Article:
DETROIT -- For decades, the rental-car market served as a security blanket for the Detroit 3. Weak sales month? Just dump some cars onto Enterprise or Avis lots to prop up the totals.
But over the past few years, General Motors and Ford Motor Co. have become less reliant on that profit-eroding habit, according to a review of industrywide rental sales data by Automotive News. Picking up the slack has been a mix of Asian automakers -- most notably Hyundai-Kia, and to a lesser extent Nissan and Toyota. American Honda's fleet business is negligible.
The chaos of often-sporadic bulk sales to rental companies distinguishes the rental market from the more predictable and profitable commercial and government segments of the fleet business.
For both GM and Ford, rentals account for a significantly smaller percentage of their overall U.S. sales volume than a few years ago -- 13.6 percent for GM through November this year vs. 18.6 percent for all of 2012, according to data from Bobit Business Media, publisher of the trade magazine Automotive Fleet. While still the top rental provider by volume, GM is the only automaker among the top seven to reduce its rental sales this year -- down 11 percent through November -- and company executives vow more of the same for 2016.
Ford's rental business likewise is downsized from years past, despite a 23 percent jump this year through November. Rentals accounted for 11 percent of Ford's sales through November vs. 15.4 percent for all of 2012.
For both companies, the shift reflects revitalized car lineups that are better able to compete with Asian rivals for retail customers. It also shows their reluctance simply to keep their factories running regardless of demand and a stronger emphasis on resale values and brand health, analysts say.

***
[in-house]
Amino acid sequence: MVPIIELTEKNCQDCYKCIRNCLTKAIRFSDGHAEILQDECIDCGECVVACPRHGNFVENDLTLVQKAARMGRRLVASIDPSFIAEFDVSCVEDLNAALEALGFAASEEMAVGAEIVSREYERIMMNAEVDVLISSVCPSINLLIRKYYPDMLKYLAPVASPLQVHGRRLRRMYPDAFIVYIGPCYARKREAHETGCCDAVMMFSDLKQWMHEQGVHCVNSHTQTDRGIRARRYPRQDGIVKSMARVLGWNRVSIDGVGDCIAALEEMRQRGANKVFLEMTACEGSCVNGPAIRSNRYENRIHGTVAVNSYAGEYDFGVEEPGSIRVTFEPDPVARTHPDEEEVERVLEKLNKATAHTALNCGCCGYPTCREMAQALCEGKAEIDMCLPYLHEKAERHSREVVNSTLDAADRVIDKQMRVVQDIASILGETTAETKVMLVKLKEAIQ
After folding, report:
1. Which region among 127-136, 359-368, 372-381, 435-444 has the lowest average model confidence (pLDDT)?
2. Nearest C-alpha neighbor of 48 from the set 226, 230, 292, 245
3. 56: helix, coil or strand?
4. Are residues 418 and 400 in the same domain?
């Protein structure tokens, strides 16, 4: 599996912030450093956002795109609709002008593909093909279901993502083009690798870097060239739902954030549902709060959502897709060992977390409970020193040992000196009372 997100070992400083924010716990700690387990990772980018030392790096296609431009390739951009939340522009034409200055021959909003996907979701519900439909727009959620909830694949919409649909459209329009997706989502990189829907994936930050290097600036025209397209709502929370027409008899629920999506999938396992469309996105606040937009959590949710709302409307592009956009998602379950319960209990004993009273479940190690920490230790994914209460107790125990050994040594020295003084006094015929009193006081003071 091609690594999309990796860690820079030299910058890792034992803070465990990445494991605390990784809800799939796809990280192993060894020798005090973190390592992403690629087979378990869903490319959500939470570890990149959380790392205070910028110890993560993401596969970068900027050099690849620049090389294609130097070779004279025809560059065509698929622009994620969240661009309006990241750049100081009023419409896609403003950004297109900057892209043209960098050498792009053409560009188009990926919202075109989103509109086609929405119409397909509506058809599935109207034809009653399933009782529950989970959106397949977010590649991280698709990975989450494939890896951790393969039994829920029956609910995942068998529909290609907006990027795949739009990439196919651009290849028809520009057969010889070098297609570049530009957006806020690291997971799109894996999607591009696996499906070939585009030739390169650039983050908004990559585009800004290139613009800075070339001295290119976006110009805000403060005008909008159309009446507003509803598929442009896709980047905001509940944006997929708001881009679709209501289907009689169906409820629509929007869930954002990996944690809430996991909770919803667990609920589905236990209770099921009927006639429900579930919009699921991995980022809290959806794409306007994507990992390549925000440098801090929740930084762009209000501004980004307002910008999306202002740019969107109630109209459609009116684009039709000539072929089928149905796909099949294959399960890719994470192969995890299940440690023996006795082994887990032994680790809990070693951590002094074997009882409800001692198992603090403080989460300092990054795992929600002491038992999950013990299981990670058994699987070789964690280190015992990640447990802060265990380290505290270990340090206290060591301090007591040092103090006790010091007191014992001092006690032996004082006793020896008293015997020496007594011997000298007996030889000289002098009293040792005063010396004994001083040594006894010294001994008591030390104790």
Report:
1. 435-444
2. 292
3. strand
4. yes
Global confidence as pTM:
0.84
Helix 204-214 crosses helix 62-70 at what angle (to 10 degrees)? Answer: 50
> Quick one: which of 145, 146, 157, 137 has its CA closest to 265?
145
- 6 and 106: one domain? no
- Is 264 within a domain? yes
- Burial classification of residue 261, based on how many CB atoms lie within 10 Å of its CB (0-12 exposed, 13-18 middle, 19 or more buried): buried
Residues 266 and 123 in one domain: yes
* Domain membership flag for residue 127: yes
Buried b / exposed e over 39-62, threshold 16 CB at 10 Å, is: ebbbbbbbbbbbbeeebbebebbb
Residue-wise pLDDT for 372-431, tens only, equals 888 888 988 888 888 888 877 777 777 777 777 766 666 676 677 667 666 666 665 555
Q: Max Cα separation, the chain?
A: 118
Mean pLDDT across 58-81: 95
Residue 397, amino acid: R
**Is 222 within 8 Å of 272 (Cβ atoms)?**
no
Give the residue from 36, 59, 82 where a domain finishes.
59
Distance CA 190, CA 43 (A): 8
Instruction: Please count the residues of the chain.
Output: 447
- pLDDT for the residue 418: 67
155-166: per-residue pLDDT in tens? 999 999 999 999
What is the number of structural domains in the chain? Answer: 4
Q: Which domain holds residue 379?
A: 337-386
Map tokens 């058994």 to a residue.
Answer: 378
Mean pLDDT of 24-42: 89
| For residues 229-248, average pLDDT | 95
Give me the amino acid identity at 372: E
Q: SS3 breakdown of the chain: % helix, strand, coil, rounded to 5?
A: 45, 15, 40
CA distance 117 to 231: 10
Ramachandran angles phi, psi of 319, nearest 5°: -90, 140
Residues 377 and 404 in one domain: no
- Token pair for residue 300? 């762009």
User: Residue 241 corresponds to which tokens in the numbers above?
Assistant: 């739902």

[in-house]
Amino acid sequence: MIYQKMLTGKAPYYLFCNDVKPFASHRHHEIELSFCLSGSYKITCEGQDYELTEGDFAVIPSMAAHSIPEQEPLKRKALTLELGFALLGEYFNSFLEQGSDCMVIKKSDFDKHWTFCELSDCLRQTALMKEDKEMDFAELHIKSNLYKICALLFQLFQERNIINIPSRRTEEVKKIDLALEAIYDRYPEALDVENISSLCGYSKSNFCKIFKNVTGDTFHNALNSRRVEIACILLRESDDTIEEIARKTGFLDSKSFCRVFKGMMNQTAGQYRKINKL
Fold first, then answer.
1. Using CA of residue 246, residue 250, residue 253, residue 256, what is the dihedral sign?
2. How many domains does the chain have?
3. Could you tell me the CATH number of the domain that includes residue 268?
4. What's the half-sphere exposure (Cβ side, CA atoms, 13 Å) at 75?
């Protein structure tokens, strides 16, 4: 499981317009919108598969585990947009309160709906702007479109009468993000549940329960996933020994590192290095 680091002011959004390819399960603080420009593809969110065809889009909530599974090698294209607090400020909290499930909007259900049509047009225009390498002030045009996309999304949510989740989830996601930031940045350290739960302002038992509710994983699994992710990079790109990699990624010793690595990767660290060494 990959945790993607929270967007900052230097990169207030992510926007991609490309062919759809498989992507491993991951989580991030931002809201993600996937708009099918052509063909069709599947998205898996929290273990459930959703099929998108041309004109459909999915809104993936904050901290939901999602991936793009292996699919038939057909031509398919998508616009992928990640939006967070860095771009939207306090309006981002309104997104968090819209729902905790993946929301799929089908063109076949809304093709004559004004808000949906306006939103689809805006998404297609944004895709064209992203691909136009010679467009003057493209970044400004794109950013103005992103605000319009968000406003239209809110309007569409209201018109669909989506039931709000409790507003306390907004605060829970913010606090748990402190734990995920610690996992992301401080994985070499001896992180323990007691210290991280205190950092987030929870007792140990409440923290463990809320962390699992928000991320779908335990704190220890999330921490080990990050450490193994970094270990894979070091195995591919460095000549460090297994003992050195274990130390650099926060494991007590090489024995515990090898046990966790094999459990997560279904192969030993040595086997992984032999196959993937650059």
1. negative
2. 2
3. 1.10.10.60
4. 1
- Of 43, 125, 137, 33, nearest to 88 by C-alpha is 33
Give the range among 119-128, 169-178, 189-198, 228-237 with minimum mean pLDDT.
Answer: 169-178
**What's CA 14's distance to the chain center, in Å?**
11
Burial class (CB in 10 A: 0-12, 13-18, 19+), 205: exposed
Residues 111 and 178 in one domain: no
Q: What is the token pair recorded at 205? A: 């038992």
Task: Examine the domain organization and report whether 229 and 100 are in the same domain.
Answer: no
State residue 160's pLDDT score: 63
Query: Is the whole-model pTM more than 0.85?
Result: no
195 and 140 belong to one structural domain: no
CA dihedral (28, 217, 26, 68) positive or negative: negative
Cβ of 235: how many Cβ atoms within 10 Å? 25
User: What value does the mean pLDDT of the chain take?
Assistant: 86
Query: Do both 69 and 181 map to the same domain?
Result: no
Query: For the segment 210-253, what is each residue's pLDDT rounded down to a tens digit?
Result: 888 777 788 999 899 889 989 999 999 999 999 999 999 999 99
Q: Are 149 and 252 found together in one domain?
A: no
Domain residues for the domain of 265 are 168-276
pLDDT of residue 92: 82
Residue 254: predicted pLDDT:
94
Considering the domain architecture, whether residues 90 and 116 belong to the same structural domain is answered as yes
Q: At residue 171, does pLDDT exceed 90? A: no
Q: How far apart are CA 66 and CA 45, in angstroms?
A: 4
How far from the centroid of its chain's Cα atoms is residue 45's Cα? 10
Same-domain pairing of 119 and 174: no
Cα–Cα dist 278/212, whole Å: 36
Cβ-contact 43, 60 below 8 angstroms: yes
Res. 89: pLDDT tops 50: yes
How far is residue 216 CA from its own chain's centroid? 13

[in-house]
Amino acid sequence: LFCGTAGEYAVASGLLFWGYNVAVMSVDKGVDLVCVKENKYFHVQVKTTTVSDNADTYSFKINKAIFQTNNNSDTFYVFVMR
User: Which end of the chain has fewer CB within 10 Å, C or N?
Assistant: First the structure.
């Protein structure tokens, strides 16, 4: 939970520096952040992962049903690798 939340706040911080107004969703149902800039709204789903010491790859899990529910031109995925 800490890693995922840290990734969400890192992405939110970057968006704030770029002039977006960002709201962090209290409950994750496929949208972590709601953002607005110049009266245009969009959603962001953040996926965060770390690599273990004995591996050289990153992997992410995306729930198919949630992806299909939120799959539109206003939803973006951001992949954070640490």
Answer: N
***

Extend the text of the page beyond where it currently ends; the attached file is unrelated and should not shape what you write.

Hyundai-Kia's surge in rental business, meanwhile, coincides with a tough market for car sales. As consumer demand shifts to pickups, SUVs and crossovers amid lower gasoline prices, the market shares of the car-heavy Korean brands are under pressure, says Jessica Caldwell, an analyst for Edmunds.com.
Combined rental sales for Hyundai and Kia have risen each year since 2011, more than doubling over that period to about 237,000 vehicles through November this year, according to Bobit data. For Hyundai alone, rentals through November equaled 22.4 percent of overall sales vs. just 9.9 percent for all of 2012.
Hyundai and Kia "were on a roll following the financial crisis but have lost some momentum" as the Detroit 3 regained their footing, Caldwell says. "Anytime an automaker is under pressure to protect market share, it's tempting to count on the daily rental business to dial up more volume."
FCA US, the No. 2 rental provider in volume behind GM, has not throttled back as much as GM and Ford, the Bobit data show. Rentals accounted for 16.7 percent of overall FCA US sales through November this year, down from 21 percent for all of 2012. But unlike GM and Ford, FCA is on pace to sell more rentals this year than in 2012.
FCA's car lineup is improved with the redesigned Chrysler 200 and other recent entries. But it still lags rivals in an increasingly competitive car market, pressuring FCA to divert more cars to fleets to sustain production and sales volumes, analysts say.